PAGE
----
A Letter from Parley Street

Dear David,

I cannot get over the feeling here.

All day long I thought about how I would tell you about it all, and never could think of a way.

I think it's because a miracle happened here. The hand of the Almighty God rested right here, on this bend in the river. And you can still feel it. It is throbbing in the air and hanging in the trees. It's baked into the red bricks and shining off the mullioned windows. I can feel it humming along my skin and catching in my throat. I can hardly breathe when I think of the staggering amount of faith it took to walk away from here and into the wild west.

My heart is overflowing.

After a day of pioneer games and musical productions and stops at the tin shop and the little bakery, we ate our dinner on the lawn next to the wagon sheds. Afterwards, we took a quiet walk down Parley Street, the same street that the wagons rolled down as they left their beloved city, and straight into the Mississippi.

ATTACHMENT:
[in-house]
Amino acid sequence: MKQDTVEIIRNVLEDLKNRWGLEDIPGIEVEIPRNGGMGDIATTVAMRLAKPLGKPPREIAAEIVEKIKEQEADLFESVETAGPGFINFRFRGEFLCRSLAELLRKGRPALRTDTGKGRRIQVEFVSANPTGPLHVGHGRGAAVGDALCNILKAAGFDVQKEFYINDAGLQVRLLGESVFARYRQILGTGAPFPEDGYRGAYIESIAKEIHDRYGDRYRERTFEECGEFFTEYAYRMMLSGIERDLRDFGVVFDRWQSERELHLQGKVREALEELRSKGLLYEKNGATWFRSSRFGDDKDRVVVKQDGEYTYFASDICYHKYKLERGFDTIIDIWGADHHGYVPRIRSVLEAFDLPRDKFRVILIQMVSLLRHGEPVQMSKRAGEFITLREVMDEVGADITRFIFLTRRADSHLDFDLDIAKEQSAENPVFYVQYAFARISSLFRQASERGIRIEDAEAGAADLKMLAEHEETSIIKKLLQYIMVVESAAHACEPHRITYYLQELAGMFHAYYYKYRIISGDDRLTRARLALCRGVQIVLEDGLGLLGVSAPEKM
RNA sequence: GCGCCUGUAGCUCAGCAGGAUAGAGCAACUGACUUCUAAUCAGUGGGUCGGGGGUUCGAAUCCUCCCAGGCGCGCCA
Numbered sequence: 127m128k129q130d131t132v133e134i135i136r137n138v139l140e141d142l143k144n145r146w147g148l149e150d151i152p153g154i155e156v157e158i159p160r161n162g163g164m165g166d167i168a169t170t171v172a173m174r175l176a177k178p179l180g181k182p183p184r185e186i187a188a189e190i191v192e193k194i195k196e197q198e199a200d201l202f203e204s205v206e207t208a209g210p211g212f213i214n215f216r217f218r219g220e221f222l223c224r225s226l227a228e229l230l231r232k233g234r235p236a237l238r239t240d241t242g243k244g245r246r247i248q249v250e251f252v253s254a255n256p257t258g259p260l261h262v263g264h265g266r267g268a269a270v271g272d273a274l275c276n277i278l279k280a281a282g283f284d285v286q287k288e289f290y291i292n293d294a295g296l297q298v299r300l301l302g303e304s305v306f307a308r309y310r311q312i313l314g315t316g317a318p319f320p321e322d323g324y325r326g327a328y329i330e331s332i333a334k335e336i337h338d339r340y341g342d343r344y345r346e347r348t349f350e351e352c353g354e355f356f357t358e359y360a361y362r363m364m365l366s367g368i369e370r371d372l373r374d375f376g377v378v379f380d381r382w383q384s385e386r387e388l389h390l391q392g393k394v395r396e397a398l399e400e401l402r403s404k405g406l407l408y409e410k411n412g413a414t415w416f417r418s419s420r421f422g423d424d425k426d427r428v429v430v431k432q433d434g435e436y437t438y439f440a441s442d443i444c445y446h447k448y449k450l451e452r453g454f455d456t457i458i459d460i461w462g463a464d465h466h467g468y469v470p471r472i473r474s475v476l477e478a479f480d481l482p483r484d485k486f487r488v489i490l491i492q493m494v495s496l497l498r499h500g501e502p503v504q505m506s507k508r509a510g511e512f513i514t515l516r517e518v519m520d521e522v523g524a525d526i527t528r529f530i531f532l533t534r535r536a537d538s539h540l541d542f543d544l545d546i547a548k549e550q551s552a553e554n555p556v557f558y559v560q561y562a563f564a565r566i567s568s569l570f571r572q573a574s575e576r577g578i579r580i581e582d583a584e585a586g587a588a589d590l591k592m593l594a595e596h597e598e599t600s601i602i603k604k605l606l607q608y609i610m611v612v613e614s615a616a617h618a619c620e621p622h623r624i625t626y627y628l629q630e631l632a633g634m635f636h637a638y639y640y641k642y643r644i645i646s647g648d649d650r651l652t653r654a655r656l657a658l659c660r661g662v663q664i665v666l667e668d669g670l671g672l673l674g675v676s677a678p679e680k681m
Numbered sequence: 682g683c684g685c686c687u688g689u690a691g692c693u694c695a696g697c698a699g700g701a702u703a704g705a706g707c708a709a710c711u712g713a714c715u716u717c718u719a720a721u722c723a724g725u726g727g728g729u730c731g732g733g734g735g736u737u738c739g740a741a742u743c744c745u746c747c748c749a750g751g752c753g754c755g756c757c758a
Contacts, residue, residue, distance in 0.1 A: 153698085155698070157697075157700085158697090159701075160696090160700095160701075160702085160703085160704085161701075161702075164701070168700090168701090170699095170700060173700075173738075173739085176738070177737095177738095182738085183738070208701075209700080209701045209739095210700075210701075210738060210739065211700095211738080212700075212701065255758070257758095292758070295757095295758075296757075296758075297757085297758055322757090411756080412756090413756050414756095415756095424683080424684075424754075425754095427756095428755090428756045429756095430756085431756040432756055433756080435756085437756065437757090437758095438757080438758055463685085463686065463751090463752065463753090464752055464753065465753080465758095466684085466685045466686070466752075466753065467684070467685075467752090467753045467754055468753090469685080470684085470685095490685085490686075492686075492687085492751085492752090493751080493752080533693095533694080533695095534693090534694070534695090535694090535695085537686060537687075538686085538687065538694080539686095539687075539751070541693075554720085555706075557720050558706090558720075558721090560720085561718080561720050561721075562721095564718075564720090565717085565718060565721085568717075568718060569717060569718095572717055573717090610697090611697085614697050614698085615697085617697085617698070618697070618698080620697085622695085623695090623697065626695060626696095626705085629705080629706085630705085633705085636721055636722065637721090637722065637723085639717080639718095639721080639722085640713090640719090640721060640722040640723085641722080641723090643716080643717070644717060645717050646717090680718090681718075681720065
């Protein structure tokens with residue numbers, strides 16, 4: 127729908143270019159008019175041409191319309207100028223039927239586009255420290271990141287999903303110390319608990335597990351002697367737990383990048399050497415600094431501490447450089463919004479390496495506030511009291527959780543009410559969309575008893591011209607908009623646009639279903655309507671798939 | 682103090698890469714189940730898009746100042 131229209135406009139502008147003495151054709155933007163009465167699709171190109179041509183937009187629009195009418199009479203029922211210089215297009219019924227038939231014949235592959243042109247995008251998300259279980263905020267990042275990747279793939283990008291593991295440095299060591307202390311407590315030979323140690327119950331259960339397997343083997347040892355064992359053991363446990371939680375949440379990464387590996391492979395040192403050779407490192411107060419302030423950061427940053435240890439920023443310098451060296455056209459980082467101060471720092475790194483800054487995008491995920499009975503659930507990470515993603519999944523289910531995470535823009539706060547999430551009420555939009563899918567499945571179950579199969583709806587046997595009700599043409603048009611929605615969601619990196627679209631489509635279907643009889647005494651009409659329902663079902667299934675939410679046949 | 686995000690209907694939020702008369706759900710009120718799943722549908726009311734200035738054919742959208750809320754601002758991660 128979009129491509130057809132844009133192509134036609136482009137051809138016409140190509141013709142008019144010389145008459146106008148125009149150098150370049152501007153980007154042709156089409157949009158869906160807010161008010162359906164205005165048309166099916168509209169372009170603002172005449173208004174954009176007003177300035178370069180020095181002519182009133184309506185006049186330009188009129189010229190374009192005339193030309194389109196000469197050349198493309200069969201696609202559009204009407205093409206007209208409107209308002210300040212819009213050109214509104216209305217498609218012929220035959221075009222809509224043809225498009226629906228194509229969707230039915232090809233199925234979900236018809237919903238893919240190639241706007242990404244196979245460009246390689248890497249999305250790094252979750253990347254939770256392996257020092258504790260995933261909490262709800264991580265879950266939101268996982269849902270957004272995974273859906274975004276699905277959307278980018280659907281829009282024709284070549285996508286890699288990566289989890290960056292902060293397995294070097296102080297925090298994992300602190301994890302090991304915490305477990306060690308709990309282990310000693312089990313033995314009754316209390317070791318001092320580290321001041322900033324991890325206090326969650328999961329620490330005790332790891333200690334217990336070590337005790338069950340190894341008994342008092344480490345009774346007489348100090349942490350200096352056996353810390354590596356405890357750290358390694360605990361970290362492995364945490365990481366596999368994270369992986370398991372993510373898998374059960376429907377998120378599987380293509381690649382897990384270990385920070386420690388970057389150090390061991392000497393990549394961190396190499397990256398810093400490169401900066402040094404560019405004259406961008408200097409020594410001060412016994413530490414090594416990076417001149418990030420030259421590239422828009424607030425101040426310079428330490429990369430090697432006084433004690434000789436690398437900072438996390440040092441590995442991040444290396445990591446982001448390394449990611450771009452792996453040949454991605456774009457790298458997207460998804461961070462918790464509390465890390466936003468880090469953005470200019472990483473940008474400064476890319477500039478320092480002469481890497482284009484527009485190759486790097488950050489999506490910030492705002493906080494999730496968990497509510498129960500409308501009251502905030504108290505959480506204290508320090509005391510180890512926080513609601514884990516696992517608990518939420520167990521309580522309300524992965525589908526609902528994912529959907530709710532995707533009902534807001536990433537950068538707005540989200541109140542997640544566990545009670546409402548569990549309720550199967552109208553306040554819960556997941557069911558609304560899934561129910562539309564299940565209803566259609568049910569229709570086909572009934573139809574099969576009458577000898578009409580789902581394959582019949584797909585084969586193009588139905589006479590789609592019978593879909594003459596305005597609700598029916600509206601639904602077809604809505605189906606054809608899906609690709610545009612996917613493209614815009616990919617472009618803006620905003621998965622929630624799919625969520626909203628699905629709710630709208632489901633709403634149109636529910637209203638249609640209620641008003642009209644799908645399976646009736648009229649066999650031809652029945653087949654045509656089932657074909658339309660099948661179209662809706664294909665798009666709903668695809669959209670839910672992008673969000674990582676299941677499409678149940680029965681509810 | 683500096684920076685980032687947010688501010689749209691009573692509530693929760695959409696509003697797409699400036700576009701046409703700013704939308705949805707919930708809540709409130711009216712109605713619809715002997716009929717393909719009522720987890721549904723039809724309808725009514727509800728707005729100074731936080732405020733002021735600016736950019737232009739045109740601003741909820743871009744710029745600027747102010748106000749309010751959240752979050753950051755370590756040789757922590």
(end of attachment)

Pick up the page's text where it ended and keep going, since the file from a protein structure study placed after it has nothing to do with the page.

We watched the sun set in the west and thought about their sacrifice, thought about how truly vast and terrifyingly unknown it must have felt then, looking westward, with all your world condensed into a small wagon behind you.

The children are feeling it too. As we walked back in the dark, they talked about eternity, about creation, about "after this," and about God's perfect plan. Each in their own way--Caleb shy and reverent, Olivia waxing poetic, Savannah asking questions, Ethan smiling up at me the whole time. You would have loved it.

They are in the other room now, gathered around Caleb's iPod watching Arthur, giggling, and if you were here you would be laying next to me listening to my heartbeat and wondering about the miracles of your own life.

We are so blessed. Did you know?

So blessed, there is no way to tell it all.

All my love,